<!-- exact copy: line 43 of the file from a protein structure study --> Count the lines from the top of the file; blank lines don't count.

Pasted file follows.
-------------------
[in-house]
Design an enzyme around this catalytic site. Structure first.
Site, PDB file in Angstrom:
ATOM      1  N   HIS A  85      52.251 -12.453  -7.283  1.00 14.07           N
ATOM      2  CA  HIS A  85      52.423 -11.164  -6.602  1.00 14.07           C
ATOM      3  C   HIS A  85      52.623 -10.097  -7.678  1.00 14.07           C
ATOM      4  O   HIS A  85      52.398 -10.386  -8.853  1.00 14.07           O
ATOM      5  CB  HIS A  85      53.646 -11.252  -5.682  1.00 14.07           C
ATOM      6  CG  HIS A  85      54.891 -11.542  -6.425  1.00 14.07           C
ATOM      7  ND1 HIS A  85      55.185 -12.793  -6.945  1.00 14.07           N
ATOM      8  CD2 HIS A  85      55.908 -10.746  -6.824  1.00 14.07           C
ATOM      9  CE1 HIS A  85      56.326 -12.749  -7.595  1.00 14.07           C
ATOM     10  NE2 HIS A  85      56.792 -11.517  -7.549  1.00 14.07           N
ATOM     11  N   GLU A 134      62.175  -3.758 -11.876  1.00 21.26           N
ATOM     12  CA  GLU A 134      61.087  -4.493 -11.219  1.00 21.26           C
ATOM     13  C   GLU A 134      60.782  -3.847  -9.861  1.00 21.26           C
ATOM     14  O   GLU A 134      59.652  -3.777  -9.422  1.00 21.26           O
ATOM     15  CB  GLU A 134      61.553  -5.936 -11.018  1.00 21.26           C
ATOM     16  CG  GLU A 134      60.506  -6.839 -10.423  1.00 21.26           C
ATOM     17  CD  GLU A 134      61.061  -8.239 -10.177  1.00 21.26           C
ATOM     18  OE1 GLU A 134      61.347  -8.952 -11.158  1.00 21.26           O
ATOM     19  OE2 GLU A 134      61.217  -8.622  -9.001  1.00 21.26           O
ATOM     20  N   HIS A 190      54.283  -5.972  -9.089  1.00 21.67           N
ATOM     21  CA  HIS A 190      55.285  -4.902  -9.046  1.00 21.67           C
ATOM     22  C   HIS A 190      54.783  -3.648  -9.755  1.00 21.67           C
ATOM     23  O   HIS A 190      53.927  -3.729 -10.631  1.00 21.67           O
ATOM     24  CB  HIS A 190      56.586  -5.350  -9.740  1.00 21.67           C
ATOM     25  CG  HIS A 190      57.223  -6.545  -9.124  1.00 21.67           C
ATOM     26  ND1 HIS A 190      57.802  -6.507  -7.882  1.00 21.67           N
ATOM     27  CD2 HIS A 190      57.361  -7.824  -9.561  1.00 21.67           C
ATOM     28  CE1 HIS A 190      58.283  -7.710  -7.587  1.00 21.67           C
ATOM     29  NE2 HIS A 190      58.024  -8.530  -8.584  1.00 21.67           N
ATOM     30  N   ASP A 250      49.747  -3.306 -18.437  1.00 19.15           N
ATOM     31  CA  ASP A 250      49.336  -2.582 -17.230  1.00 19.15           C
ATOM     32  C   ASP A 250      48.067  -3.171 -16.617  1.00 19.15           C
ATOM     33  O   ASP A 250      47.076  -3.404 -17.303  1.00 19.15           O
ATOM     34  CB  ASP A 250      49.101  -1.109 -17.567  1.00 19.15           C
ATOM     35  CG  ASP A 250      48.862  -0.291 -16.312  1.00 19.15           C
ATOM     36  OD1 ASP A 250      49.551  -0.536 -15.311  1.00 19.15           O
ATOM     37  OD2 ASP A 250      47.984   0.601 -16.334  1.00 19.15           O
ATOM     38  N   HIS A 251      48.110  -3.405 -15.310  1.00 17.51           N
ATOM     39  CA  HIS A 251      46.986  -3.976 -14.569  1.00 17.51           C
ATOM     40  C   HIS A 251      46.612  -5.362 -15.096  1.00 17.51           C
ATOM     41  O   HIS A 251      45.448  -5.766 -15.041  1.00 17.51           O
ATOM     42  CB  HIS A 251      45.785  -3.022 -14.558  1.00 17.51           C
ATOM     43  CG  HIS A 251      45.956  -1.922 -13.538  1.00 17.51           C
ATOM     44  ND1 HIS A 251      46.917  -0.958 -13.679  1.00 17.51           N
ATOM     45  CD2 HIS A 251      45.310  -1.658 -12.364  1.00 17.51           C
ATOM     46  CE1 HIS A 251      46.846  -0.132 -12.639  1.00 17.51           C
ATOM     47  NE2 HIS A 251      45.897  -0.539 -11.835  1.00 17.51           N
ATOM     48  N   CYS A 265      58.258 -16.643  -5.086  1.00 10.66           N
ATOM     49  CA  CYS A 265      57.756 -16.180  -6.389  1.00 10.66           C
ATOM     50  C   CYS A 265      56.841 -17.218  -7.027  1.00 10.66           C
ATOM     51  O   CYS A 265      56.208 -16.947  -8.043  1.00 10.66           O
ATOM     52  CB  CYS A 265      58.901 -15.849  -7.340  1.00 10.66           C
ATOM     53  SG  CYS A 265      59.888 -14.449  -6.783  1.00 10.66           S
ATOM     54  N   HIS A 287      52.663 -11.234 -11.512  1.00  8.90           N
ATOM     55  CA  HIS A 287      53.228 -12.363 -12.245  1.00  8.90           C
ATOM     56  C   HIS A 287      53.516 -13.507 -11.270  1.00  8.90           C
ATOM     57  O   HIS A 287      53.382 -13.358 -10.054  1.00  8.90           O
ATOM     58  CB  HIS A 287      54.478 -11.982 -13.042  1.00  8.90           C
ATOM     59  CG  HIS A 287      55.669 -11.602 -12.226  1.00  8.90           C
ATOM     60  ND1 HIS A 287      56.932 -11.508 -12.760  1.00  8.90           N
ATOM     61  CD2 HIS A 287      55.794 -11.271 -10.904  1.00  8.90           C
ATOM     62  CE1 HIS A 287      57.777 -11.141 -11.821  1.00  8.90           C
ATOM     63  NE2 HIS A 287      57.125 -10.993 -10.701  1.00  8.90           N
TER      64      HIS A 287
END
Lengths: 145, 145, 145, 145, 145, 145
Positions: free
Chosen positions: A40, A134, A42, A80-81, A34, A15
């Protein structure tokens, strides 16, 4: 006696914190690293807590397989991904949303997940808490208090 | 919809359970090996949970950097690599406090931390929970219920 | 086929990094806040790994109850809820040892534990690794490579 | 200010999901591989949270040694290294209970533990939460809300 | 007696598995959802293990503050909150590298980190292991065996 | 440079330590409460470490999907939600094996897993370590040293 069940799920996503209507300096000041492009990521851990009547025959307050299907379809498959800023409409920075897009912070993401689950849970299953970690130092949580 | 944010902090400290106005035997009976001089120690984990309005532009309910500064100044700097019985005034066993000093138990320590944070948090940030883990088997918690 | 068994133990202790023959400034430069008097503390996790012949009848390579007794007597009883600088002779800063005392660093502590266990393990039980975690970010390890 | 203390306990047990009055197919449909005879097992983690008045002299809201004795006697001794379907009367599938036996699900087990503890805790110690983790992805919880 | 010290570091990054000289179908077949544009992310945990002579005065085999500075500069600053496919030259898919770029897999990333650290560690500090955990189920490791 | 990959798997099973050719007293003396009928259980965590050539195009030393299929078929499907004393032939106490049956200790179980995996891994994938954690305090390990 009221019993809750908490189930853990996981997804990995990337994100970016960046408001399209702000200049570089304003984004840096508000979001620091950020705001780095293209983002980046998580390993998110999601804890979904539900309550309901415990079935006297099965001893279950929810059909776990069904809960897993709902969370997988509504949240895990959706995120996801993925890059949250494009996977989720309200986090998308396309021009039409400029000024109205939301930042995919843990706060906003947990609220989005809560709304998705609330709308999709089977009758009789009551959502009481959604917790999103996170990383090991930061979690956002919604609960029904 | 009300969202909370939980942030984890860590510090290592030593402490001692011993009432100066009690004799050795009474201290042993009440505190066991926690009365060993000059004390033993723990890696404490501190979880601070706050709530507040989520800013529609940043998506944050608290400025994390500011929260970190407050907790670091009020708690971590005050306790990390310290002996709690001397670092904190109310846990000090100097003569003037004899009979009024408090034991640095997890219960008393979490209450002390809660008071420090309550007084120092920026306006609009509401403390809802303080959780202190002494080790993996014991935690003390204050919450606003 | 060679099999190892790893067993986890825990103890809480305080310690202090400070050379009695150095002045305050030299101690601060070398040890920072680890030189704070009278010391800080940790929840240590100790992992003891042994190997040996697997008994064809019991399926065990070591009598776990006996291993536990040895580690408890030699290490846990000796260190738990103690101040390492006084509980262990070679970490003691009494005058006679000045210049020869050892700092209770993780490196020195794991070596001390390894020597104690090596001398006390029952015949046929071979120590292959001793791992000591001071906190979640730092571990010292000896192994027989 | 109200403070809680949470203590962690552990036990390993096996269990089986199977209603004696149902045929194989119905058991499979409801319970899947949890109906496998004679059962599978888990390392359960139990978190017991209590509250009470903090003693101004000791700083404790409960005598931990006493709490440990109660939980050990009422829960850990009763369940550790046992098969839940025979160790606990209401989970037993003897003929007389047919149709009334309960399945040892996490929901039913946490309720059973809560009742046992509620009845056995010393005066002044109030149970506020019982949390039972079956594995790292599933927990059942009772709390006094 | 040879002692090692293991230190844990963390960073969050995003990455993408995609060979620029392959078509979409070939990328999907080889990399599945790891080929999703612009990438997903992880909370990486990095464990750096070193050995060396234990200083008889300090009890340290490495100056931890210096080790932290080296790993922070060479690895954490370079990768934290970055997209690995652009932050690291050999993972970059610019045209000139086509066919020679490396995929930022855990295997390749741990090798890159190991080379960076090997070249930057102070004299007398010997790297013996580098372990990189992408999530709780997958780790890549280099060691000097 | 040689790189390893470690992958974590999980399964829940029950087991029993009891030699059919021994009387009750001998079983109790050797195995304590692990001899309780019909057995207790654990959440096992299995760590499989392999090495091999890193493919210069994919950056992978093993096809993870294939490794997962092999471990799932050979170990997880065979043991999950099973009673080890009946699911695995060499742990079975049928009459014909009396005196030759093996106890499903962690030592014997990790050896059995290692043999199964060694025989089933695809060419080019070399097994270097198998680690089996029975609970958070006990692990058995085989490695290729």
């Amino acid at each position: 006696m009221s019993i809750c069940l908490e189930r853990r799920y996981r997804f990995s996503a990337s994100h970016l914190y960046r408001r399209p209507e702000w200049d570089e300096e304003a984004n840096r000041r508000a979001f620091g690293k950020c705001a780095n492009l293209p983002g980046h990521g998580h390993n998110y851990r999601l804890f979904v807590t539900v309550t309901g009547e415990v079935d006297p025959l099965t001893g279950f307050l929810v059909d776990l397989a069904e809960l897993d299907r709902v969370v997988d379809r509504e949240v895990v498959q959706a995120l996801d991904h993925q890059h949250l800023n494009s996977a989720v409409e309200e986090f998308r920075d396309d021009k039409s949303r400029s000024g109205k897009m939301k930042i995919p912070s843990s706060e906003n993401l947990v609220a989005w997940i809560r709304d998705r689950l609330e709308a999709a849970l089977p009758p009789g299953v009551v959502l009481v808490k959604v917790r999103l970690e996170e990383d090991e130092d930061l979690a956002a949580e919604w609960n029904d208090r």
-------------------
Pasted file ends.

ATOM     40  C   HIS A 251      46.612  -5.362 -15.096  1.00 17.51           C